THE COLIN CAMPBELL COLUMN
AIMING to ditch their role as arrogant, intolerant, unfettered rabble-rousers, SNP leaders have now gone into full charm offensive mode. How many people will respond favourably to this dramatic change in tactics? Or, to put it another way, how many will be fooled?
Nicola Sturgeon set the tone with proposals including the creation of a “Citizen’s Assembly”, which will apparently comprise a cross-section of people with differing views “to find consensus on issues where people have sharply divided opinions”.
It would be “tasked with finding what kind of Scotland people are wanting to build”, as we “continue on our journey”.
Numerous others took up her lead. Ex-deputy leader of the SNP Angus Robertson, unceremoniously booted out by voters in Moray at the last General Election, no longer wishes to appear as the belligerent loudmouth he was a couple of years ago and has undergone a complete character transformation into the soul of moderation with the launch of his “Progress Scotland” organisation.
In the quest for independence converts, he ponders: “Who must we speak to? How must we address their needs, interests, concerns and expectations.”
Elaine C. Smith, the “much-loved” comedienne who is now at the forefront of the nationalist movement, says of yet another newly created “listening” organisation: “Voices for Scotland is about engaging respectfully and constructively with them (“them” being the majority who take a very different view to her), and finding out what they need to help them make their decision and hopefully giving them some things to think about which will help them feel more confident about Scotland’s future as an independent country.”
Former Highland MSP Dave Thompson, chairman of Voices for Scotland, said: “We will now listen to the people of Scotland who are unsure about independence, engage with them respectfully and constructively and find out what they need to help make their decision in favour of independence.”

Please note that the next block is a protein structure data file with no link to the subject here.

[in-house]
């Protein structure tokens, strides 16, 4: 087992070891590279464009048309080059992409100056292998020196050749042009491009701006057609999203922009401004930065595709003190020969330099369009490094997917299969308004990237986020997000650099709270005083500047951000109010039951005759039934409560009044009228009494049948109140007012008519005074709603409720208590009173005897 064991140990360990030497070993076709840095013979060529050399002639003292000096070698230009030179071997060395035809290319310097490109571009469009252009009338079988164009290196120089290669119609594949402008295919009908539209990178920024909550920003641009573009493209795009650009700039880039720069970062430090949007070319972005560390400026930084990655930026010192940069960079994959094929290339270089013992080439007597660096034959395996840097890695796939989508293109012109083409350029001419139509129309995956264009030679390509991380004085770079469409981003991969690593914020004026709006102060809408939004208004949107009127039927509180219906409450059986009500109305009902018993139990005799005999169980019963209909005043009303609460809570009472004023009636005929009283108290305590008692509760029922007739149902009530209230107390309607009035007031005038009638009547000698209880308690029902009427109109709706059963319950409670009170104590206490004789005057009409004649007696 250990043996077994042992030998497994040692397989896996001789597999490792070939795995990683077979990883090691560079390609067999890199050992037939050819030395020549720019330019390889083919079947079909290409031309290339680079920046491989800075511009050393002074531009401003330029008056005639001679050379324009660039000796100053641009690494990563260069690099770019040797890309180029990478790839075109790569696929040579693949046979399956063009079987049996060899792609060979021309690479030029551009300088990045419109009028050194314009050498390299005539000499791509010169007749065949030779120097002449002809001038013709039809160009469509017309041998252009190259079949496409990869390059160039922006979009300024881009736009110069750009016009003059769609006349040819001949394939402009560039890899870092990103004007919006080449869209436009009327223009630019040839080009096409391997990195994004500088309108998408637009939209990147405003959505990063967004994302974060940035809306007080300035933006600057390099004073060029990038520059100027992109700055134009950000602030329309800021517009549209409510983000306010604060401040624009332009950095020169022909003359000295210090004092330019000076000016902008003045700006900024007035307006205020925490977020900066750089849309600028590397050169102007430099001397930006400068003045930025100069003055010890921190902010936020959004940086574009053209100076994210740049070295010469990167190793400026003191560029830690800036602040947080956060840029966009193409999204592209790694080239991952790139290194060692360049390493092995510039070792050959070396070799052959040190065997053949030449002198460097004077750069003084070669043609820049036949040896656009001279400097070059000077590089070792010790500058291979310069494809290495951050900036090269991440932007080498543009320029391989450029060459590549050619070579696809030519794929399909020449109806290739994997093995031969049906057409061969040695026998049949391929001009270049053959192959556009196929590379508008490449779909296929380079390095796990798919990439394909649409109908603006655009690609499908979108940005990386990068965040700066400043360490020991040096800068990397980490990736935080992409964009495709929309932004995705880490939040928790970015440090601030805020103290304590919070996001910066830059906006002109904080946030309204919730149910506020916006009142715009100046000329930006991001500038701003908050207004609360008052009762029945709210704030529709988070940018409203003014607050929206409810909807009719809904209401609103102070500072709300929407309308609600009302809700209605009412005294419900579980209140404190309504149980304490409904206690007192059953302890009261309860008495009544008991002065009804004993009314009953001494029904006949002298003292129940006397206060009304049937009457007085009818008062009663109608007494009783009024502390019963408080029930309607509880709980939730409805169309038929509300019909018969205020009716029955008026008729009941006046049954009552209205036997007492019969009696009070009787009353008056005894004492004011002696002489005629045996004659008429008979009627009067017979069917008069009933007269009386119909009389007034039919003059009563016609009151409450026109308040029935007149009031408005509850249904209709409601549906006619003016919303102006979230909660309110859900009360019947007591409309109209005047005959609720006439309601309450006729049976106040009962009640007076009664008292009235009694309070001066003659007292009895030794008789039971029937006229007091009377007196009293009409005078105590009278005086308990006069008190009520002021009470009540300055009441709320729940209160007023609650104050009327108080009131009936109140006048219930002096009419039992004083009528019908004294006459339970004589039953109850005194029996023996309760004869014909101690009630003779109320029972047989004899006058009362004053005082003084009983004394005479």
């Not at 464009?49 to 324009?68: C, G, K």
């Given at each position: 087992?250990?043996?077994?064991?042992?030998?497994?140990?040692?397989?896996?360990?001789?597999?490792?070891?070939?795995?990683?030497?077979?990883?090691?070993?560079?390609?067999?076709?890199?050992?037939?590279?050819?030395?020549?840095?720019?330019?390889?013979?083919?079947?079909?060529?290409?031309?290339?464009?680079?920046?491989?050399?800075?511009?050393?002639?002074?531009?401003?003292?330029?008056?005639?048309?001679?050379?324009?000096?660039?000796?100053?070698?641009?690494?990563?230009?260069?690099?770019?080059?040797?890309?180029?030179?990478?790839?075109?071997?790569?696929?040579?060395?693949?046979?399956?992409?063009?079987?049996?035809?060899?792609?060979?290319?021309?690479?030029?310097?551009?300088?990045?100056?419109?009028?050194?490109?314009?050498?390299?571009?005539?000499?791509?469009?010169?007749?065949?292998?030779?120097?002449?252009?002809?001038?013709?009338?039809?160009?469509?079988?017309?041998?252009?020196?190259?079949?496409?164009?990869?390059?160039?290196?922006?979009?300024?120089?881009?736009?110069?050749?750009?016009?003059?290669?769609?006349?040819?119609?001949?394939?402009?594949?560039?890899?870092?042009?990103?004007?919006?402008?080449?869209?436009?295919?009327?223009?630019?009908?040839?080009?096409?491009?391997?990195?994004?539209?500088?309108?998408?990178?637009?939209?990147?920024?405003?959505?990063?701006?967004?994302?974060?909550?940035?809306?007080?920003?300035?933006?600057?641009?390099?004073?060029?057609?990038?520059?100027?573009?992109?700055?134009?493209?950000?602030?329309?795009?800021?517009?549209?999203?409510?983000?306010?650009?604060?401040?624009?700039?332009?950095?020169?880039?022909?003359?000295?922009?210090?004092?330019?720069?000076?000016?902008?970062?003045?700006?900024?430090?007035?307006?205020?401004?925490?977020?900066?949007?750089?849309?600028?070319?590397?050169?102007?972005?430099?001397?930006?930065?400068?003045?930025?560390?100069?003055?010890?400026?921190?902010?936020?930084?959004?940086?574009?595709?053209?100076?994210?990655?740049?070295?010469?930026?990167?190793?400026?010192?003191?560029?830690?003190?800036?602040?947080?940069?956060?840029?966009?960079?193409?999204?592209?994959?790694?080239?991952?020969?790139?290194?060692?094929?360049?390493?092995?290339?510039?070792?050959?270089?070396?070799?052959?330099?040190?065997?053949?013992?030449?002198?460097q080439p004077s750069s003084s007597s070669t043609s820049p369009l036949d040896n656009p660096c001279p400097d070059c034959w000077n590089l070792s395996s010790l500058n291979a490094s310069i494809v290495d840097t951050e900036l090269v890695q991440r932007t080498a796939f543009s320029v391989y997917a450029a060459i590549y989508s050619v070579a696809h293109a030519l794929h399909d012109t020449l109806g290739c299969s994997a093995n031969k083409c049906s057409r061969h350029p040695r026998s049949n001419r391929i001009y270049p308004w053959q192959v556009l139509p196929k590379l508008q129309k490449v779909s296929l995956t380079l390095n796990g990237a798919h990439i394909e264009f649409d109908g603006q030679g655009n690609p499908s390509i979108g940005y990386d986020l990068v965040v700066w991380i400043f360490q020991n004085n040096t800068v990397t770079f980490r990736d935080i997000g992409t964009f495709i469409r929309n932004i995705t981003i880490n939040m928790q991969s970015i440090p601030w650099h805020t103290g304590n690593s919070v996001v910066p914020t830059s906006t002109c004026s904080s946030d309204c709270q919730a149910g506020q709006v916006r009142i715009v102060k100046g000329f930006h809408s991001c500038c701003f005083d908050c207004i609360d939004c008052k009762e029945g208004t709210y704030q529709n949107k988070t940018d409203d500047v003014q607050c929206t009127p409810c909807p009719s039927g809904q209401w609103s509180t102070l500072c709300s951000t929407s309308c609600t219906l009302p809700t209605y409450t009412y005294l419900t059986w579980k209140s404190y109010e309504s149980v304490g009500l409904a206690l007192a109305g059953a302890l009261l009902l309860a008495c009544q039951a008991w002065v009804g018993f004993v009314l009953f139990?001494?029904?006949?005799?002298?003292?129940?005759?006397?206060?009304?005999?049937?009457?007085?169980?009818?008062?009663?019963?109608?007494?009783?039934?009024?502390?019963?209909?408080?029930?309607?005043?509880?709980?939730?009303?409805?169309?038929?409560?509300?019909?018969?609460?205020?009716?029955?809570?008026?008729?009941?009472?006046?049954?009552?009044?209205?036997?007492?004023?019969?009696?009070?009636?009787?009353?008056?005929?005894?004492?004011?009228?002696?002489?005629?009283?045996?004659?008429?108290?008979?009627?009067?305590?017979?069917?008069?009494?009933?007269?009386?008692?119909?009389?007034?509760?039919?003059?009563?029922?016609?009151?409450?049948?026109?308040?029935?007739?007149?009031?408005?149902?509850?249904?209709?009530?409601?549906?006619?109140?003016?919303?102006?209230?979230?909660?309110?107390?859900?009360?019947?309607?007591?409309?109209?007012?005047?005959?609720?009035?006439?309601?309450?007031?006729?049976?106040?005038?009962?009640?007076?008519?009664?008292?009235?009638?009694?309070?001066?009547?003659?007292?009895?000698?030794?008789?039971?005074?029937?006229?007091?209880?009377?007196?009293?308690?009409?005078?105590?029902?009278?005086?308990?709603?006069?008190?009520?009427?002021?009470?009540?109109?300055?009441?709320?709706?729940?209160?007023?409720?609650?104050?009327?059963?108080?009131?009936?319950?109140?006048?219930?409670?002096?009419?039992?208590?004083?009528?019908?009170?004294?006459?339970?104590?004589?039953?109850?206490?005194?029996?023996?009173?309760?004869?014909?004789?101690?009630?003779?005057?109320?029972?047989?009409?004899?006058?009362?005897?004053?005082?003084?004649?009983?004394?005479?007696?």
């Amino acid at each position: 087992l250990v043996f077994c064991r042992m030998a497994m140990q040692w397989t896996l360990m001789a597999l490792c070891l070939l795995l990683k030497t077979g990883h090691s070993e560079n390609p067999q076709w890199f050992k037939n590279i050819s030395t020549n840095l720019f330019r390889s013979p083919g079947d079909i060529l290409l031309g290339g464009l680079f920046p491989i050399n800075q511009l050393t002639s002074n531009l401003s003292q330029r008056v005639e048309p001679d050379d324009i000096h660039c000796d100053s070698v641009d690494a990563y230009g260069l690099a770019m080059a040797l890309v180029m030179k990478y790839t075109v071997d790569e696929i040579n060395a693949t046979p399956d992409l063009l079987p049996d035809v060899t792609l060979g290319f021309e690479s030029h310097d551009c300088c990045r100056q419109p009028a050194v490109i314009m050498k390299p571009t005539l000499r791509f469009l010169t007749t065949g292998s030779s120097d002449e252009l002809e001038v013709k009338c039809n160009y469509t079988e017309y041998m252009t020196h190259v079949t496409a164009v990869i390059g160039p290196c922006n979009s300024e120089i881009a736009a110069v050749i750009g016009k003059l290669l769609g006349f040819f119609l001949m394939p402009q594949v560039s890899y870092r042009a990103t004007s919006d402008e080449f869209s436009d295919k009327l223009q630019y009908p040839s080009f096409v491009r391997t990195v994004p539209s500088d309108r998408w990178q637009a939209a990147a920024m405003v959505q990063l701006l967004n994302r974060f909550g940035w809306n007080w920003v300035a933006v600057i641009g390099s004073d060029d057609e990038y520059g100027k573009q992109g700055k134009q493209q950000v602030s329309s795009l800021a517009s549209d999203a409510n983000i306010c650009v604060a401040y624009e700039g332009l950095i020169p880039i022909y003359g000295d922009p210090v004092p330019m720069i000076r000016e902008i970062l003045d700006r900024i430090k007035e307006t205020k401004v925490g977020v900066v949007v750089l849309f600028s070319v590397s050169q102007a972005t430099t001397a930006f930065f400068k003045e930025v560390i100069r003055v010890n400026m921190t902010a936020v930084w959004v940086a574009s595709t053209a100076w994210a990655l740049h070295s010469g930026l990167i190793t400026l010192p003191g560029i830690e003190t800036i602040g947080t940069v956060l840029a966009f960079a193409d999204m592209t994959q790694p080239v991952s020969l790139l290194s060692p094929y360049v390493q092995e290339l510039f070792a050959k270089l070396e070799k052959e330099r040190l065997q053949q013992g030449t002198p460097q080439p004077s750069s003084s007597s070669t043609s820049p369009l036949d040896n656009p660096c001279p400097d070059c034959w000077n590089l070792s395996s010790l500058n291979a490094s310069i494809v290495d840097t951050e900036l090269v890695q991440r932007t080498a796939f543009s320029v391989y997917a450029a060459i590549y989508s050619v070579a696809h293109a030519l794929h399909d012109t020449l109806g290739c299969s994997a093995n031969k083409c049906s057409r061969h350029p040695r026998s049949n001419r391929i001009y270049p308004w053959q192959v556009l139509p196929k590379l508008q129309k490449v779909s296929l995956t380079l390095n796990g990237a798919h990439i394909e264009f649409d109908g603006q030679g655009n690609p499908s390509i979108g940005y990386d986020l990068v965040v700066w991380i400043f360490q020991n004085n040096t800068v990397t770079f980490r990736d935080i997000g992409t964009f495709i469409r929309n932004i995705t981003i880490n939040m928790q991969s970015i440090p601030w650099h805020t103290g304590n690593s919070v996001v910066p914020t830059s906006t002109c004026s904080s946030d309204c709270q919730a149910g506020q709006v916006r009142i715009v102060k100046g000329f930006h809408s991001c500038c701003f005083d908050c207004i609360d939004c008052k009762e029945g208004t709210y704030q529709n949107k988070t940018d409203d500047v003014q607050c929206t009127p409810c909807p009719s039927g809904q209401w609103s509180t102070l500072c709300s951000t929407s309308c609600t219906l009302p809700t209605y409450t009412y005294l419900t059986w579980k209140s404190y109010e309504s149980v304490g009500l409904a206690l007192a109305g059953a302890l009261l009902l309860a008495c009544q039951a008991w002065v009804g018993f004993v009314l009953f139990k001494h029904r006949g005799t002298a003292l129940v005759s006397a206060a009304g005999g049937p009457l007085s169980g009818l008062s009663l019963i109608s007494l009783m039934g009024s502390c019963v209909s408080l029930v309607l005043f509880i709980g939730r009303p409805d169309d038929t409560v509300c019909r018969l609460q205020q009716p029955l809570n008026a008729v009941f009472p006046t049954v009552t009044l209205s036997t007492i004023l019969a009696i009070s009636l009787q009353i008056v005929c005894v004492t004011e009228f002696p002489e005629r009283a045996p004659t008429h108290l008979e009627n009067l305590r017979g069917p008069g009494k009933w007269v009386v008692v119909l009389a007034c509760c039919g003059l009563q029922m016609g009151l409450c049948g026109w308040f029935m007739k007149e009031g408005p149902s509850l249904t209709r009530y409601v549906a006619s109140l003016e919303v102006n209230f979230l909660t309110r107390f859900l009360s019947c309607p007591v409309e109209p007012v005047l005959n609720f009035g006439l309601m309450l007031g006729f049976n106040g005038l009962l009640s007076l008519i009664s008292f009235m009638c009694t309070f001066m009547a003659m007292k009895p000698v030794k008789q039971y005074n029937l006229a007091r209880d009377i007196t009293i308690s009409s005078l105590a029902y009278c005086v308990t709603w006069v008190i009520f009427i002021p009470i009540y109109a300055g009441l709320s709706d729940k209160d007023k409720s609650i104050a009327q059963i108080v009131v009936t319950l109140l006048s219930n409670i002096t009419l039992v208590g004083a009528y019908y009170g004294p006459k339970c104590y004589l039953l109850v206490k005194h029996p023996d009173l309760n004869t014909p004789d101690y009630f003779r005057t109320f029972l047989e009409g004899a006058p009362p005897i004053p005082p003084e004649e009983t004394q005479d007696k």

And that’s just a small sample of the tidal wave of condescending, patronising guff which has swept across the landscape in recent days.
What we need, first and foremost, Dave, is for to you to shut the **** up about independence for a while, but I don’t suppose there’s much chance of that happening anytime soon.
Personally, I find the new approach even more nauseating than the old one, of threats, fanaticism and rampant zealotry.
It underscores the nationalist view of those opposed to independence as fearful mental cripples who just need guidance and support to get their lives properly on track, and find the “confidence” to change their ways.
Just put your faith in Angus, Elaine, Dave and the rest of them and step out with confidence to enter the promised land.
I wonder if all this listening, respect and engagement works both ways? How about if I go along to my near neighbours at the new SNP “hub” in Kenneth Street and respectfully and engagingly try and persuade them to change their views and accept it’s time to give up on independence and remain in the Union.
How well would that work?
I can just see their minds ticking over and expressions of doubt crossing their faces. Maybe after two or three visits I’d have persuaded a couple of them.
“Yes, having carefully thought it all through, I can see you’re right after all. What a pity we put so much work into setting up our hub. Still, we live and learn. Independence is obviously not the right future for Scotland. And after we’ve shut up shop I’m sure this place can be turned into a nice new home for someone, or maybe a hairdresser’s.”
No, that ain’t going to happen. All the touchy-feely new stuff is just a cover for the underlying SNP/nationalist view: “When are all you mebbes, fearties and swithering clowns going to realise that we’re right and you’re wrong, and bend to our will? We’re not interested in your views about remaining pathetic, subservient bootlickers to the oppressive British state. We want independence and one way or another we’re going to get it.”
The good news is that the new approach hasn’t and won’t be universally adopted by the nationalists. Anything but, in many cases. We’ll still have the swaggering marches and the “Independence – Now!” chants.
There’ll still be the grievance-ridden attempts at claiming BBC bias, police distortion of parade numbers and deliberate attempts by the “British state” to undermine the cause for independence in nefarious and even criminal ways.
Dave, Angus and Elaine may occasionally tut-tut at such behaviour but we know where they’re coming from.
In the real world they’re still utterly clueless even on what currency an independent Scotland would use, and the effect on investments, mortgages and pensions.
Until they can provide answers to some of the questions that really matter to people, all the charm they can muster won’t melt a single heart.